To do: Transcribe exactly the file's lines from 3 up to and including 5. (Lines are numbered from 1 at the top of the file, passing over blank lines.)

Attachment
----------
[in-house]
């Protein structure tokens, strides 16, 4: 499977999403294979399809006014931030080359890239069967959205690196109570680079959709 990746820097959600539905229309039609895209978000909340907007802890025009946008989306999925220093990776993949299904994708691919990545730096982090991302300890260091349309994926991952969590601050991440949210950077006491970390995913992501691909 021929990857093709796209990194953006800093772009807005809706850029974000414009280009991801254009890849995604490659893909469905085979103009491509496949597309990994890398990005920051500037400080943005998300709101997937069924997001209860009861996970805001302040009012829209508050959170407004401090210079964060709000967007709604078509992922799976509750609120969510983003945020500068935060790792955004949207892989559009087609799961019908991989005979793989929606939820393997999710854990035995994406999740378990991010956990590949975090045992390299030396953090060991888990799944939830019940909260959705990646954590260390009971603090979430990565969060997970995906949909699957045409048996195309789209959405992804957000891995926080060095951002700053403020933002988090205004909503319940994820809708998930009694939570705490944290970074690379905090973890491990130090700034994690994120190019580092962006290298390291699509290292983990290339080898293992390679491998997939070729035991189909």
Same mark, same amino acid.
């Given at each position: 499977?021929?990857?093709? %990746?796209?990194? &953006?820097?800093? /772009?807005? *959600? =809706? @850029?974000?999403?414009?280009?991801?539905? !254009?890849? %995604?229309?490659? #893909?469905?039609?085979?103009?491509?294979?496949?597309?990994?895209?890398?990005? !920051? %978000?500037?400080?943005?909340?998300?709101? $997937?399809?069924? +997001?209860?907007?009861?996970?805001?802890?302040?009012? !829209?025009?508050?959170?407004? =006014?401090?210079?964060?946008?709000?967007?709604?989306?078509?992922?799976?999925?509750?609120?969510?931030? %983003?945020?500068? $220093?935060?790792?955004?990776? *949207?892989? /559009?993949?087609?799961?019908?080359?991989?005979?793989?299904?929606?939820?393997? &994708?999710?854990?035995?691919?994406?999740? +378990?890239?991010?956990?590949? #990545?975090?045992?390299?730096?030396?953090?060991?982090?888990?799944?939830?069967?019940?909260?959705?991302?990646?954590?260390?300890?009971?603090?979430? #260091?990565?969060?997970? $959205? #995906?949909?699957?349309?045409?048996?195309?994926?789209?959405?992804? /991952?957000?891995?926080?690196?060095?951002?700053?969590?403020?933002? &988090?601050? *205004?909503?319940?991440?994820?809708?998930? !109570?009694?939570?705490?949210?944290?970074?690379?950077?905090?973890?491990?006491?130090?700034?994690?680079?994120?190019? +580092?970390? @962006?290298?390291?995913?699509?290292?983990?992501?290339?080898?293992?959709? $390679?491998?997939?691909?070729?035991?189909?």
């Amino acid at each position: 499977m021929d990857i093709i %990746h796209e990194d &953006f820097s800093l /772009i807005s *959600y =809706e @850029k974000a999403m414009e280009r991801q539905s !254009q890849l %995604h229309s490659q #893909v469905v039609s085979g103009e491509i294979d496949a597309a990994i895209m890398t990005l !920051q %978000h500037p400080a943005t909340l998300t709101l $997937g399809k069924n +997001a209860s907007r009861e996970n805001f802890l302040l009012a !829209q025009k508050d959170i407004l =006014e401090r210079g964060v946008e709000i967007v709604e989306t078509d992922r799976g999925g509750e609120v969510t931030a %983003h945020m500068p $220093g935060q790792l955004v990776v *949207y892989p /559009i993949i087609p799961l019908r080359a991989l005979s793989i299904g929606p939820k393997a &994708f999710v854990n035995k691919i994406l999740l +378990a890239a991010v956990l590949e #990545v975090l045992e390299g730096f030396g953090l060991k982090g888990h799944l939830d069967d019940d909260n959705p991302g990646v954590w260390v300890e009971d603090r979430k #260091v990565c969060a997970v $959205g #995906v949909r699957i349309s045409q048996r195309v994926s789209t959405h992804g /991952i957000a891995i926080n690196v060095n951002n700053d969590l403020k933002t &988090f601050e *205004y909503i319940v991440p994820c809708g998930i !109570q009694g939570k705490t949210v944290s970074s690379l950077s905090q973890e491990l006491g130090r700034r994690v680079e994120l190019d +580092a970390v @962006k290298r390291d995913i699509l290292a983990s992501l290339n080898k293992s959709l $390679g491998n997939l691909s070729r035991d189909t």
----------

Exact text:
Same mark, same amino acid.
């Given at each position: 499977?021929?990857?093709? %990746?796209?990194? &953006?820097?800093? /772009?807005? *959600? =809706? @850029?974000?999403?414009?280009?991801?539905? !254009?890849? %995604?229309?490659? #893909?469905?039609?085979?103009?491509?294979?496949?597309?990994?895209?890398?990005? !920051? %978000?500037?400080?943005?909340?998300?709101? $997937?399809?069924? +997001?209860?907007?009861?996970?805001?802890?302040?009012? !829209?025009?508050?959170?407004? =006014?401090?210079?964060?946008?709000?967007?709604?989306?078509?992922?799976?999925?509750?609120?969510?931030? %983003?945020?500068? $220093?935060?790792?955004?990776? *949207?892989? /559009?993949?087609?799961?019908?080359?991989?005979?793989?299904?929606?939820?393997? &994708?999710?854990?035995?691919?994406?999740? +378990?890239?991010?956990?590949? #990545?975090?045992?390299?730096?030396?953090?060991?982090?888990?799944?939830?069967?019940?909260?959705?991302?990646?954590?260390?300890?009971?603090?979430? #260091?990565?969060?997970? $959205? #995906?949909?699957?349309?045409?048996?195309?994926?789209?959405?992804? /991952?957000?891995?926080?690196?060095?951002?700053?969590?403020?933002? &988090?601050? *205004?909503?319940?991440?994820?809708?998930? !109570?009694?939570?705490?949210?944290?970074?690379?950077?905090?973890?491990?006491?130090?700034?994690?680079?994120?190019? +580092?970390? @962006?290298?390291?995913?699509?290292?983990?992501?290339?080898?293992?959709? $390679?491998?997939?691909?070729?035991?189909?």
């Amino acid at each position: 499977m021929d990857i093709i %990746h796209e990194d &953006f820097s800093l /772009i807005s *959600y =809706e @850029k974000a999403m414009e280009r991801q539905s !254009q890849l %995604h229309s490659q #893909v469905v039609s085979g103009e491509i294979d496949a597309a990994i895209m890398t990005l !920051q %978000h500037p400080a943005t909340l998300t709101l $997937g399809k069924n +997001a209860s907007r009861e996970n805001f802890l302040l009012a !829209q025009k508050d959170i407004l =006014e401090r210079g964060v946008e709000i967007v709604e989306t078509d992922r799976g999925g509750e609120v969510t931030a %983003h945020m500068p $220093g935060q790792l955004v990776v *949207y892989p /559009i993949i087609p799961l019908r080359a991989l005979s793989i299904g929606p939820k393997a &994708f999710v854990n035995k691919i994406l999740l +378990a890239a991010v956990l590949e #990545v975090l045992e390299g730096f030396g953090l060991k982090g888990h799944l939830d069967d019940d909260n959705p991302g990646v954590w260390v300890e009971d603090r979430k #260091v990565c969060a997970v $959205g #995906v949909r699957i349309s045409q048996r195309v994926s789209t959405h992804g /991952i957000a891995i926080n690196v060095n951002n700053d969590l403020k933002t &988090f601050e *205004y909503i319940v991440p994820c809708g998930i !109570q009694g939570k705490t949210v944290s970074s690379l950077s905090q973890e491990l006491g130090r700034r994690v680079e994120l190019d +580092a970390v @962006k290298r390291d995913i699509l290292a983990s992501l290339n080898k293992s959709l $390679g491998n997939l691909s070729r035991d189909t």